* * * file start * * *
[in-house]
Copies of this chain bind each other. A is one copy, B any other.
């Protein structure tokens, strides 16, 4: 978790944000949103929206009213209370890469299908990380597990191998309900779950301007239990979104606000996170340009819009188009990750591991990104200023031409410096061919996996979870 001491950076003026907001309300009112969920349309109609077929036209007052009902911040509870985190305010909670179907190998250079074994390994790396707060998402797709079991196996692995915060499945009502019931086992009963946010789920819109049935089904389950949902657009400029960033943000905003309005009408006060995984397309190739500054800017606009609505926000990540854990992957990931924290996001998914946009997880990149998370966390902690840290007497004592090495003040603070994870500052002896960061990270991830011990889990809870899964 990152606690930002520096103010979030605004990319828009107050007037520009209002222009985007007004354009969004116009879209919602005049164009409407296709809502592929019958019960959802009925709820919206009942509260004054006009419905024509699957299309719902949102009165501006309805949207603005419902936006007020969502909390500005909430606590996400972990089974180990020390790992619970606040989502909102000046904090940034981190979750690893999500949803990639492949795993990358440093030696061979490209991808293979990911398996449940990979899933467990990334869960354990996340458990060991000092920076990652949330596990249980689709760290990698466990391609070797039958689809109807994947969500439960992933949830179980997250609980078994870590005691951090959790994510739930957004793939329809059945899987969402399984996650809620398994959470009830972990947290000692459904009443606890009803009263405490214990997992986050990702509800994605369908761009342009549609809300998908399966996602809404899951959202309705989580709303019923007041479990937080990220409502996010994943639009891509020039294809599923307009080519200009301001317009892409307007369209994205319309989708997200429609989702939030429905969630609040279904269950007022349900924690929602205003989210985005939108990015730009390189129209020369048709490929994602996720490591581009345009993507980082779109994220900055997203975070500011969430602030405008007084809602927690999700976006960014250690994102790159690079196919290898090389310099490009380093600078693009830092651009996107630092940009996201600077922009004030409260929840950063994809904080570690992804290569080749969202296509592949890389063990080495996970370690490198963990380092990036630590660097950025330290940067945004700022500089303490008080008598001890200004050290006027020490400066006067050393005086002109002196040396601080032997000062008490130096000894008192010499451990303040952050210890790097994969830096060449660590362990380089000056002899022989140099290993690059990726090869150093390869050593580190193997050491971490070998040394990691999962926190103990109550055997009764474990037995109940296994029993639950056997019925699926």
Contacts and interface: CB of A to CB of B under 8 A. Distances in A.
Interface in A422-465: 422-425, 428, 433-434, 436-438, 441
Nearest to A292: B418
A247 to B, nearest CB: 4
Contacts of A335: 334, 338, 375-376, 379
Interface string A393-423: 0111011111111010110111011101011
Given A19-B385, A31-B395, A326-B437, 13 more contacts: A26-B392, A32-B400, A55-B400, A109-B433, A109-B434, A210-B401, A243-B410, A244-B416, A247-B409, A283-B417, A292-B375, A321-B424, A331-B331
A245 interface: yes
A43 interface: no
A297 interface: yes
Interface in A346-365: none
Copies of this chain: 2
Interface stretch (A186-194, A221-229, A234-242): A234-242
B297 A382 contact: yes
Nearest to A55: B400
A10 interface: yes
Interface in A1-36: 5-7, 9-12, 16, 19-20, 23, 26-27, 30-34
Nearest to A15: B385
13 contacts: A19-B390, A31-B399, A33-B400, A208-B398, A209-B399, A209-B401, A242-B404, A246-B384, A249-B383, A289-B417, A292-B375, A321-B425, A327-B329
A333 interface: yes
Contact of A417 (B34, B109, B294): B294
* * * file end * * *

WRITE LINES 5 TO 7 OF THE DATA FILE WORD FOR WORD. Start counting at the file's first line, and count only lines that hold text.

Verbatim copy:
Interface in A422-465: 422-425, 428, 433-434, 436-438, 441
Nearest to A292: B418
A247 to B, nearest CB: 4